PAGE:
So you have your color, #f6ec01 (I randomly typed a hex value - I hope it isn't like dull brown or something). Okay, so now that you have your base color you are going to want to go to http://www.colorhexa.com and search for that hex value.

enter image description here

Great, it was yellow. We can work with this though. Scrolling down to the very bottom of the page colorhexa offers an amazing tool.

enter image description here

Hovering over each color listed shows what percent of the population is going to view your color as that color. In my case, I got that 6% of men will see my yellow as a slightly off yellow. The other percents and colors shown were rather low, some 0.0001% of the population. So worse case scenario, we have slightly off yellow, which I think we can live with.

So even if you are evaluating a current color set on a site, you can use this tool to see what percent of the population is viewing your site as (for example, if a high percent is seeing too much gray).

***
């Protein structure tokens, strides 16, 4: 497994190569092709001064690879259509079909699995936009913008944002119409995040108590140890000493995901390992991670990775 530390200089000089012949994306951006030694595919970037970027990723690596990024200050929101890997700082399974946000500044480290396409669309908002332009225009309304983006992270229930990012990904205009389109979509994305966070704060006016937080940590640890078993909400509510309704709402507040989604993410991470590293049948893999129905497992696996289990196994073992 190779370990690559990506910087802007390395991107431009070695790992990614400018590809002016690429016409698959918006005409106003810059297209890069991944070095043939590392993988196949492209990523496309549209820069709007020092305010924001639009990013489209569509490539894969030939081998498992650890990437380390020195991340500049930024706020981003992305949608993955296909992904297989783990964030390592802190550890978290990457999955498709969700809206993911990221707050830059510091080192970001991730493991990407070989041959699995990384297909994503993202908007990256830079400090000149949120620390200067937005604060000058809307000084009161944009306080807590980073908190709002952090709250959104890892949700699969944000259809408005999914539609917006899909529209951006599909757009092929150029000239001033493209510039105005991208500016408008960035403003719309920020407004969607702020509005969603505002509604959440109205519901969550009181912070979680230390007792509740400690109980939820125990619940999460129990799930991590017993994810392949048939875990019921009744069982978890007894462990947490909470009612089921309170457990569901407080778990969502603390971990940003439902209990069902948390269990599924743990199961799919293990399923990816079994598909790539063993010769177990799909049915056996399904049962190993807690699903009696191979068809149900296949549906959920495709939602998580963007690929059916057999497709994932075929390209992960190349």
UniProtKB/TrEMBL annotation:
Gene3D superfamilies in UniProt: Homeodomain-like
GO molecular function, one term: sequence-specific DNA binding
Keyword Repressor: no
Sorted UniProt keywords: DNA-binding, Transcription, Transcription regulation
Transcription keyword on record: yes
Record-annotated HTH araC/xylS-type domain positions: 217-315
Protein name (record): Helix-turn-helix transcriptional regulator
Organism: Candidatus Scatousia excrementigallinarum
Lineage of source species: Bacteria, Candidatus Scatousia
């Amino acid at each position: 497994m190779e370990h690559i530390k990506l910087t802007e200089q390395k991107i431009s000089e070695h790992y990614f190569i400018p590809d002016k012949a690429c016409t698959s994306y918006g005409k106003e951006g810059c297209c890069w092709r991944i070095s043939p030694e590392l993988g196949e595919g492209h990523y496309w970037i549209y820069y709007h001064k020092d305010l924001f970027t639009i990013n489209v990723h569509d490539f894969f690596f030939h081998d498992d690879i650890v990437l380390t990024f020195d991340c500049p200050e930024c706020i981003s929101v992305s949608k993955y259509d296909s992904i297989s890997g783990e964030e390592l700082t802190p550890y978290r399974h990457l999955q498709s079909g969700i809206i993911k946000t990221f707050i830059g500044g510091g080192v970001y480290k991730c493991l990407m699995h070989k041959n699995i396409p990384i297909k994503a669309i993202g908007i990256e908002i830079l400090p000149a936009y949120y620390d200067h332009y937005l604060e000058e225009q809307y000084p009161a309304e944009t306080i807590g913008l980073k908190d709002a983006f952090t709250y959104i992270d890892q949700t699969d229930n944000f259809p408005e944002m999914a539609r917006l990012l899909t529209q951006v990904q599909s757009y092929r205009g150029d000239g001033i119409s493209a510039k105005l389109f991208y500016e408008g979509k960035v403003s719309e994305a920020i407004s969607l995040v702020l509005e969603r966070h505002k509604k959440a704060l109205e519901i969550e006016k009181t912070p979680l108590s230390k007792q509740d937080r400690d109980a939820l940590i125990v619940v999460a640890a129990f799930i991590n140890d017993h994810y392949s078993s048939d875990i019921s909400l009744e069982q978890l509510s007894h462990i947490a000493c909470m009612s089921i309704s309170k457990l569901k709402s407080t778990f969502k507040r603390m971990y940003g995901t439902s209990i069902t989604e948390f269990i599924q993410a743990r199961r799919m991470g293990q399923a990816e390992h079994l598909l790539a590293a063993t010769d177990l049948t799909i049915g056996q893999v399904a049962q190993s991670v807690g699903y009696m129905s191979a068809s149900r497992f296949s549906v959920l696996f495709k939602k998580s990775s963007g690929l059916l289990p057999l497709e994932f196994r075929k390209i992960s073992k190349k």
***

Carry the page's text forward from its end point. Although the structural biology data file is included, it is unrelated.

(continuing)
Ensuring standard contrast

This one is really important and we will use a different tool for it. Let's continue with our yellow theme to kind of go with the assumption that we can use any color randomly and still make the balance and theme work purely based on these approaches.

The next tool we will use is http://webaim.org/resources/contrastchecker/ which tests against the Web Content Accessibility Guidelines from the W3C (The real one. The World Wide Web Consortium (W3C)).